By paraphrasing the speaker’s words, you demonstrate in no uncertain terms that you are genuinely paying attention and making every effort to understand his or her thoughts or feelings.
Showing that you are attentive and interested and have listened accurately by reflecting back, summarising or paraphrasing are key to good listen but so is empathy. Your coachee will want to know that you understand him/her and that you ‘get where there coming from’. When empathising ensure that this is authentic, and you can really relate and understand their situation.
When you can empathise and relate to the coachee it builds a greater level of rapport and this leads to higher levels of disclosure which provides you with more material to be able to ask more insightful questions which then facilitates the coachees thinking and ignites their minds in order to raise awareness and generate ideas and solutions.
I hope now you appreciate that listening is critical to developing your coaching practice and especially while telephone coaching. From my experience these are some key pointers to help you coach better on the telephone.
Stay present: Prevent yourself from being distracted by others (I appreciate that this is difficult when working from home with children, partners or pets) or external noises and concentrate on what your coachee is saying.
Notice emotions: Listen to the emotion in your coachees voice. Does it match or endorse the words they are using or what they are saying? Notice what is going on for you too when listening, this is data and is telling you something.
Don’t interrupt. You listen more effectively when you’re not talking, so refrain from interrupting your coachee. Let them finish what they are saying; pause, process and then summarise. This is sometimes hard on the telephone because you can’t see them ‘thinking’. So, what I do is contract upfront and ask them to somehow let me know of they have stopped thinking. This can sometimes stop the flow so use sparingly.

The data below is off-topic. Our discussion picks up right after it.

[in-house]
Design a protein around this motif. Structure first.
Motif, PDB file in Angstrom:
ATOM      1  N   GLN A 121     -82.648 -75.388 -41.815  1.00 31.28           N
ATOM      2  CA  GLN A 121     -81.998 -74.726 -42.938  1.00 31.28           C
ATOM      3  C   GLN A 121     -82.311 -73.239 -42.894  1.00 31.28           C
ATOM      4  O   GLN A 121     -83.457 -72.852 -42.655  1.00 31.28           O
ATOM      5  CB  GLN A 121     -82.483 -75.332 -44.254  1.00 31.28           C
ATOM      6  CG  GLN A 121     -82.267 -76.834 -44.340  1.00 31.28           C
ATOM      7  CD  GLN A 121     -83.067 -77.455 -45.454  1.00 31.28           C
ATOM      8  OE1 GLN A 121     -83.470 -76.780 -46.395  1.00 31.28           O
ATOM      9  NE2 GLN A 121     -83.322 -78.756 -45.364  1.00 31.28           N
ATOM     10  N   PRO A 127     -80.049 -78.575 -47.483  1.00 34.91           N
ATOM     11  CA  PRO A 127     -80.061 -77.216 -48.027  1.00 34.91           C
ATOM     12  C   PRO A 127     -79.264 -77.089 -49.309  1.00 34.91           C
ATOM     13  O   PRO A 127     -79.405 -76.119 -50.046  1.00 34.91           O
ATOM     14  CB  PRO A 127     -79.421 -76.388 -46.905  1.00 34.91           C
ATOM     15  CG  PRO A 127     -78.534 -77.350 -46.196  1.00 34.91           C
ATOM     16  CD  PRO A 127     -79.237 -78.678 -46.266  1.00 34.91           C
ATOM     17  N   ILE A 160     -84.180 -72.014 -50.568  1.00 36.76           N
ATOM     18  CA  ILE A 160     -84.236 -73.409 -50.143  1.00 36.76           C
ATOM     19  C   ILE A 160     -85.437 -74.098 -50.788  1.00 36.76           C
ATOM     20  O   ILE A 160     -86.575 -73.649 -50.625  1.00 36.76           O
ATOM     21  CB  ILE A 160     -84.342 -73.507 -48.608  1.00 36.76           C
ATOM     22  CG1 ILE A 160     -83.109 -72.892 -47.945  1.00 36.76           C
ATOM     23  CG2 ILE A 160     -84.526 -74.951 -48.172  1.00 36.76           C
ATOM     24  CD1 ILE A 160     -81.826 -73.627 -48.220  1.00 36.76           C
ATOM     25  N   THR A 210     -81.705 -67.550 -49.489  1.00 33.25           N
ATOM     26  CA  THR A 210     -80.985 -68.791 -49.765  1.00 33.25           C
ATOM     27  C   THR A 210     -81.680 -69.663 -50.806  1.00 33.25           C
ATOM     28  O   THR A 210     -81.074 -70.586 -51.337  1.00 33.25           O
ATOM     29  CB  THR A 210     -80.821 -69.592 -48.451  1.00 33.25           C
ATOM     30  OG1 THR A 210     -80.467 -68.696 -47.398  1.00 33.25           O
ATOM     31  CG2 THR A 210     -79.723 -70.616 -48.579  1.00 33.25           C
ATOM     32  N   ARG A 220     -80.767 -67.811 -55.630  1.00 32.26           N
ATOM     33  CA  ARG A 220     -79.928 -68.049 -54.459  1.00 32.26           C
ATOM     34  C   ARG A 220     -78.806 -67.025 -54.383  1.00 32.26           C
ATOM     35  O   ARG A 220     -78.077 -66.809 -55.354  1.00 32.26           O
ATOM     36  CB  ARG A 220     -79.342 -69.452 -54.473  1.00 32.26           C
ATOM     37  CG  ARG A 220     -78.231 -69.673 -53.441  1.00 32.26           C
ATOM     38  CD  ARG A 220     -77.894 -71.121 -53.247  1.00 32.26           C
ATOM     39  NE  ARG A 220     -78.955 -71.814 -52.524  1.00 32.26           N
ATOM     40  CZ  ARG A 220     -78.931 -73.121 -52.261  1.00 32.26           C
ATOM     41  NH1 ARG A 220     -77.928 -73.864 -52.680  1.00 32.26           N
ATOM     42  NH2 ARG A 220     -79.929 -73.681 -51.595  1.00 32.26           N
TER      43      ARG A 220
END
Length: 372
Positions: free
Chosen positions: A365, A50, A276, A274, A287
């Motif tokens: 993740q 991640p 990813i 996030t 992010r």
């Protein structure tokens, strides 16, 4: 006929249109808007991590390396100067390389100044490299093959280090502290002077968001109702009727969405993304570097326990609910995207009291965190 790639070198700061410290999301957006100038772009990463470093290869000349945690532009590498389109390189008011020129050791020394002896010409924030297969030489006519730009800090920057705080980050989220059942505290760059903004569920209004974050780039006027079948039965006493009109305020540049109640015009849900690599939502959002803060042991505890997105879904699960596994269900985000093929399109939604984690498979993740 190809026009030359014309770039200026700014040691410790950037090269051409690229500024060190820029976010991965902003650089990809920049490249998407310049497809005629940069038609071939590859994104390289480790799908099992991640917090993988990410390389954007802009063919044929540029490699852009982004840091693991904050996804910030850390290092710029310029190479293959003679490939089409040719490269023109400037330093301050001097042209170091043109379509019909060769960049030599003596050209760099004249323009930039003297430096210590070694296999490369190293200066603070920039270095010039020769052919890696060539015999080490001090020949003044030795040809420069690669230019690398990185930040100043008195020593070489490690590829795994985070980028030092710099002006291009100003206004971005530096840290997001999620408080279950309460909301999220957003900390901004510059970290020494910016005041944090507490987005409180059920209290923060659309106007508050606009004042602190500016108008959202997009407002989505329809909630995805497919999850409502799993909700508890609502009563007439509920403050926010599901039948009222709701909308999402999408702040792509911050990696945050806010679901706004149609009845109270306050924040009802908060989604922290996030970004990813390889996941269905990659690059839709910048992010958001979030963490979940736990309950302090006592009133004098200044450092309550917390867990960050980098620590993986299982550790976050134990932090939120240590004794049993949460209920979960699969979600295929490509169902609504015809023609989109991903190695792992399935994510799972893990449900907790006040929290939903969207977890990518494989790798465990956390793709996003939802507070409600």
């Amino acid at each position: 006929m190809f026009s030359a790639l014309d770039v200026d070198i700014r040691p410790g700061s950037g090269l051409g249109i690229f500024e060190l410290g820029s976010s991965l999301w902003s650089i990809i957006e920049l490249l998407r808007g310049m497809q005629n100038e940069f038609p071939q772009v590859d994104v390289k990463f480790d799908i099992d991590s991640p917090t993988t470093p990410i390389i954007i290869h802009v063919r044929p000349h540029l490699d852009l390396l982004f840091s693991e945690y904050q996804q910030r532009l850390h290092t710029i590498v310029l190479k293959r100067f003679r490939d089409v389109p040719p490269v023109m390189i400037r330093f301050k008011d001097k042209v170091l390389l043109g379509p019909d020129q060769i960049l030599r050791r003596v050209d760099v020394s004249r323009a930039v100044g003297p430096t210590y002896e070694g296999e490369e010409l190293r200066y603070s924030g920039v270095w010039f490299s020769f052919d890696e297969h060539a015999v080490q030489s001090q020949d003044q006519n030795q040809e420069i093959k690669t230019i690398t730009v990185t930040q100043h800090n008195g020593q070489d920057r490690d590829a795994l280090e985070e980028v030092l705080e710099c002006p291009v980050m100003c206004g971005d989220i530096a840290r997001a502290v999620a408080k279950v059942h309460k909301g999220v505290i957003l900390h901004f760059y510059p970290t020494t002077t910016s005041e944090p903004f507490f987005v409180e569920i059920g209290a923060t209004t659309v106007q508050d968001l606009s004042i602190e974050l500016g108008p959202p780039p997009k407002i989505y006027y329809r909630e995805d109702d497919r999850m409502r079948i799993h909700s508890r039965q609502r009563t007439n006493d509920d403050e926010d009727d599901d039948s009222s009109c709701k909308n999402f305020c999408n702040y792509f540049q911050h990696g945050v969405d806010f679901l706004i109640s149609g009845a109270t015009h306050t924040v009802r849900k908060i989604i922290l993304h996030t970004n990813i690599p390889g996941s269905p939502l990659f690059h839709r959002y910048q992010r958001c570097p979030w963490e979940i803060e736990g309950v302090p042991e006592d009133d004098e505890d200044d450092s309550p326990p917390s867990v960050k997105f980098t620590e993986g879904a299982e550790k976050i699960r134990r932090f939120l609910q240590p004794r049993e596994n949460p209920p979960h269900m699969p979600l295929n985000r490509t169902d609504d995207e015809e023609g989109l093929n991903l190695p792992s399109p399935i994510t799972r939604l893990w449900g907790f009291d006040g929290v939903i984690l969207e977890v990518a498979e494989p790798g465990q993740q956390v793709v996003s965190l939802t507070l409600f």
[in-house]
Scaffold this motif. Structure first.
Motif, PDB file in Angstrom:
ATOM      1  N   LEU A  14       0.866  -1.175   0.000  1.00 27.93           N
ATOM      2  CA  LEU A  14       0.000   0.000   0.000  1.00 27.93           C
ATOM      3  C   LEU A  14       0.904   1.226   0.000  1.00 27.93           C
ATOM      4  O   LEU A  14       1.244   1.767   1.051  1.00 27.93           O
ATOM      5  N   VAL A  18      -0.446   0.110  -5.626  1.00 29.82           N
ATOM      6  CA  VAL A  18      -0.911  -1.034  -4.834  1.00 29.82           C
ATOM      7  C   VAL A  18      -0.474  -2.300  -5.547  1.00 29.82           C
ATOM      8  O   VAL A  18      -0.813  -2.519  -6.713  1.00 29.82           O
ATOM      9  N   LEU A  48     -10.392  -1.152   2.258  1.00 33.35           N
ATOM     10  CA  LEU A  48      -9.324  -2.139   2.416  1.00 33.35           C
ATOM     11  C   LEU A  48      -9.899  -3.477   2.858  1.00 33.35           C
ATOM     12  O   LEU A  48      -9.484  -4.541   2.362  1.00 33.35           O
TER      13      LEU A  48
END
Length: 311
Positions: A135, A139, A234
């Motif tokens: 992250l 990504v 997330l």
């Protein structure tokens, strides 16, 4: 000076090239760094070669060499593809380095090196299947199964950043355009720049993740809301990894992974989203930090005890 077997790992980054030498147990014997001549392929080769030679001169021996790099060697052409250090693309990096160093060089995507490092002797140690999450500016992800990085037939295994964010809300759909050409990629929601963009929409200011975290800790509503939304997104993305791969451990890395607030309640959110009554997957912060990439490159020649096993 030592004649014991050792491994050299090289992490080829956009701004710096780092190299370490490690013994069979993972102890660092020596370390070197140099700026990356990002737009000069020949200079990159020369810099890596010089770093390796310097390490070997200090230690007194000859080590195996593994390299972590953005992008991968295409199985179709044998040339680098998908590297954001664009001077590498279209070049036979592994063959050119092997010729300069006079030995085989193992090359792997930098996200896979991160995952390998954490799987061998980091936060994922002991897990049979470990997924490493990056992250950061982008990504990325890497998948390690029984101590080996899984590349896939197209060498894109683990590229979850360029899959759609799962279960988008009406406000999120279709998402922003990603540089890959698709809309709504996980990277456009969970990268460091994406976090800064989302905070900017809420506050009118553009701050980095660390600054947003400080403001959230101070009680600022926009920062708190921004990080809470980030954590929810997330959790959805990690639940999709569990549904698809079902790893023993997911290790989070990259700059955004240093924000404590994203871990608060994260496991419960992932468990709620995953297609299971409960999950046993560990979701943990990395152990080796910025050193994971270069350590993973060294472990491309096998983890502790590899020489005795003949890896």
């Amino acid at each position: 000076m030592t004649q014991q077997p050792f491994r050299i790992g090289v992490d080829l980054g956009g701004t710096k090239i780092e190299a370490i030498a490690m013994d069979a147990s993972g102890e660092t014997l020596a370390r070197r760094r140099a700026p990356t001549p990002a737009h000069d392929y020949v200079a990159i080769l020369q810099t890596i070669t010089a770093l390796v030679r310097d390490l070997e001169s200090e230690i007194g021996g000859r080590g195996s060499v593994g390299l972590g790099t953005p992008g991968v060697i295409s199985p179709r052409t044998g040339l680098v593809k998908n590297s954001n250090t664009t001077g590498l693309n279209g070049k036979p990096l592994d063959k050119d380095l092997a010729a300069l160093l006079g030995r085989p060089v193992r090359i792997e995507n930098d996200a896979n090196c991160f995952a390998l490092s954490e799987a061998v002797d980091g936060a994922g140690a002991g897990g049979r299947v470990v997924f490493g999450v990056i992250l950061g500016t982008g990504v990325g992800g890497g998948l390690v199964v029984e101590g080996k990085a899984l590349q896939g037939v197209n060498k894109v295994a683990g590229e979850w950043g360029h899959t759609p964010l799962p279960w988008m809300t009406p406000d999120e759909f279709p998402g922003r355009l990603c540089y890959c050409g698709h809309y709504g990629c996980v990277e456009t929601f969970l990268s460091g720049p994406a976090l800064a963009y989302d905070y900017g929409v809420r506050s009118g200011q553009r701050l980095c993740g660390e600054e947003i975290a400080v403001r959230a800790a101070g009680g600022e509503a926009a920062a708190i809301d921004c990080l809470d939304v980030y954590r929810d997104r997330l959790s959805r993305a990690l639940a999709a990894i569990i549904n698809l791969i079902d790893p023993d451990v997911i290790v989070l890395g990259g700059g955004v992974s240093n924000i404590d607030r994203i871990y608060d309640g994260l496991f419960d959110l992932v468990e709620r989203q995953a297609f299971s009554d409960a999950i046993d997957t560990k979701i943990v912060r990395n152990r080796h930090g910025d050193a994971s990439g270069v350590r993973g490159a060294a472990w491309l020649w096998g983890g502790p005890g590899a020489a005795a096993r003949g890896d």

Say it again: If you are having difficulty listening, due to a poor line or connection then make the necessary adjustments. You might say, “I’m afraid I missed that last point. Please repeat that for me.” Can I call you back on a different line etc.
Reflect, Summarise or Paraphrase back: Check you have heard the key facts and content of the coachees conversation correctly. It also lets the coachee know you have understood them. Statements such as “What I’m hearing is…” and “Sounds like you are saying…” are great ways to reflect back, summarise and paraphrase.
The reason why listening is such a powerful tool in coaching, especially on the telephone, is because listening builds trust and thus rapport. The more you listen to another person, the more he or she trusts you and the relationship builds. A stronger relationship leads to more disclosure, and with more disclosure comes more data for you to process and ask great questions which in turn generate thinking from the coachee, the whole purpose of a coaching conversation, whether face to face or on the telephone.
Finally, practicing listening builds self-discipline from the listener (the coach). If you do not practice self-discipline in listening, your mind will wander in a hundred different directions. The more you work at paying close attention to what the other person is saying, the more self-disciplined you will become. In other words, by learning to listen well, you develop your coaching practice and as you all know practice makes perfect and telephone coaching is better than no coaching practice!